On-site cytopathology falls short for pancreatic biopsy

Reuters Health Information: On-site cytopathology falls short for pancreatic biopsy

On-site cytopathology falls short for pancreatic biopsy

Last Updated: 2015-09-17

By Will Boggs MD

NEW YORK (Reuters Health) - The immediate availability of on-site cytopathology evaluation during fine needle aspiration (FNA) of pancreatic masses does not increase the diagnostic accuracy of the biopsy, according to a multicenter study.

"The major impetus for this study was the lack of level 1 evidence with regards to the impact on an on-site cytopathologist during endoscopic ultrasound (EUS)-FNA of pancreatic masses," Dr. Sachin Wani, from the University of Colorado Anschutz Medical Center, Aurora, told Reuters Health by email.

EUS-guided FNA is integral to the diagnosis and staging of pancreatic cancer, which accounts for more than 37,000 deaths annually in the United States. The goal of on-site cytopathology evaluation (OCE) is to ensure the content and adequacy of a specimen in order to make the most accurate diagnosis.

Dr. Wani and colleagues from three tertiary referral centers compared the diagnostic yield of malignancy and the proportion of inadequate specimens in patients undergoing EUS-FNA of pancreatic masses with and without OCE.

Among the 241 patients included in their final analysis, there was no significant difference between the diagnostic yield of malignancy in the 120 with OCE absent (71.6%) and in the 121 with OCE present (75.2%; p=0.45).

There was also no difference between the groups in the proportion of inadequate specimens (13.3% with OCE absent versus 9.8% with OCE present, p=0.31), according to the September 8 online report in the American Journal of Gastroenterology.

Procedures with OCE present required fewer EUS-FNA passes (median, four versus seven with OCE absent) but took longer (mean, 23.7 minutes versus 19.3 minutes with OCE absent).

The two groups did not differ in the sensitivity or accuracy of the biopsy or in the need for repeat procedures, and the cost per patient for EUS-FNA was comparable with OCE ($2053) and without OCE ($2090).

"These results in conjunction with the cost analysis suggest that OCE may not change outcomes in patients with pancreatic masses undergoing EUS-FNA at tertiary care centers," the researchers concluded.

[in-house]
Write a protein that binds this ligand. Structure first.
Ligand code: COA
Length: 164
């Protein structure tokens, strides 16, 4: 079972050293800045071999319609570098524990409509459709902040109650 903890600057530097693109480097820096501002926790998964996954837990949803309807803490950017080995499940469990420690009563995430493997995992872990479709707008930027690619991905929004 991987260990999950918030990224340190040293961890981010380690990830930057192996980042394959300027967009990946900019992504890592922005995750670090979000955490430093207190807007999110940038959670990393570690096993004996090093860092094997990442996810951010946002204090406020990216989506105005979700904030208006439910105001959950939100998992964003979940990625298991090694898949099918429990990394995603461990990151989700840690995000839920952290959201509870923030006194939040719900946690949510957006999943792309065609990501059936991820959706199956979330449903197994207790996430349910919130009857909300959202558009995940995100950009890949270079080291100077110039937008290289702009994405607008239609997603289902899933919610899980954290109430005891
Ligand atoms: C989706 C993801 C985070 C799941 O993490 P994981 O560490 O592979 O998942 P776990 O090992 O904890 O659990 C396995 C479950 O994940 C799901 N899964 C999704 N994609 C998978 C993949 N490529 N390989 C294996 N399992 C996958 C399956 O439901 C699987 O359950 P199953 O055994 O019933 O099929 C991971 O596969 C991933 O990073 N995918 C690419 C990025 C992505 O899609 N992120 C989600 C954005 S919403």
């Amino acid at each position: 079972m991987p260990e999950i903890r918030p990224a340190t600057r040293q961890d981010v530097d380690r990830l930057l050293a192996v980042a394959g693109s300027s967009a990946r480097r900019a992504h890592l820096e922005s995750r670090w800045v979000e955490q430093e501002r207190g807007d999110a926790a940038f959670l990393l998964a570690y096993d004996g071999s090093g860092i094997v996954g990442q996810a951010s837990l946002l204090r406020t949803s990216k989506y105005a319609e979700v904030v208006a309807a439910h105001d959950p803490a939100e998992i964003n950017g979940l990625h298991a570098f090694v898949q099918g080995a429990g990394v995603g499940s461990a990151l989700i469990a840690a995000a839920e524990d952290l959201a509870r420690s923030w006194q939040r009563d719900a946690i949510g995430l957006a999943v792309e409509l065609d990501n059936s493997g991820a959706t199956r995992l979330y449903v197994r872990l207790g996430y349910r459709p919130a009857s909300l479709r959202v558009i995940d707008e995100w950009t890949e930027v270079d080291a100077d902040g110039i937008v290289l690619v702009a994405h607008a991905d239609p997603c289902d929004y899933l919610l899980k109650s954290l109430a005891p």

"It is critical to recognize that this study was conducted at tertiary care centers by experienced endosonographers," Dr. Wani said. "The generalizability of these results needs to be confirmed in future studies that include community practitioners and less experienced endosonographers."

Dr. Ji Young Bang, from Indiana University, Indianapolis, told Reuters Health by email, "The most surprising aspect of the study was that the proportion of inadequate specimens with or without onsite cytopathology evaluation was 9.8% and 13.3%, respectively. One would expect the rate of non-diagnostic specimens to be less than 5% when expert onsite cytopathology evaluation is available."

"Some tumors require additional tissue for specialized specimen processing that can be undertaken only off-site (pancreatic lymphoma: flow cytometry, neuroendocrine tumors: immunohistochemistry studies)," she explained. "The presence of onsite evaluation will facilitate procurement of additional tissue during the procedure in specialized collection media for these ancillary studies. Otherwise the patients may have to undergo a repeat EUS examination for procurement of additional tissue in specialized collection medium."

"On-site evaluation definitely decreases the rates of non-diagnostic sampling," Dr. Bang said. "All prior studies have shown that the presence of onsite cytopathology services improves diagnostic yield, decreases rates of indeterminate diagnosis, and lowers unsatisfactory specimen procurement."

This research was partially supported by an American College of Gastroenterology Clinical Research Award. The authors reported no disclosures.

SOURCE: http://bit.ly/1QIAx7q

Am J Gastroenterol 2015.

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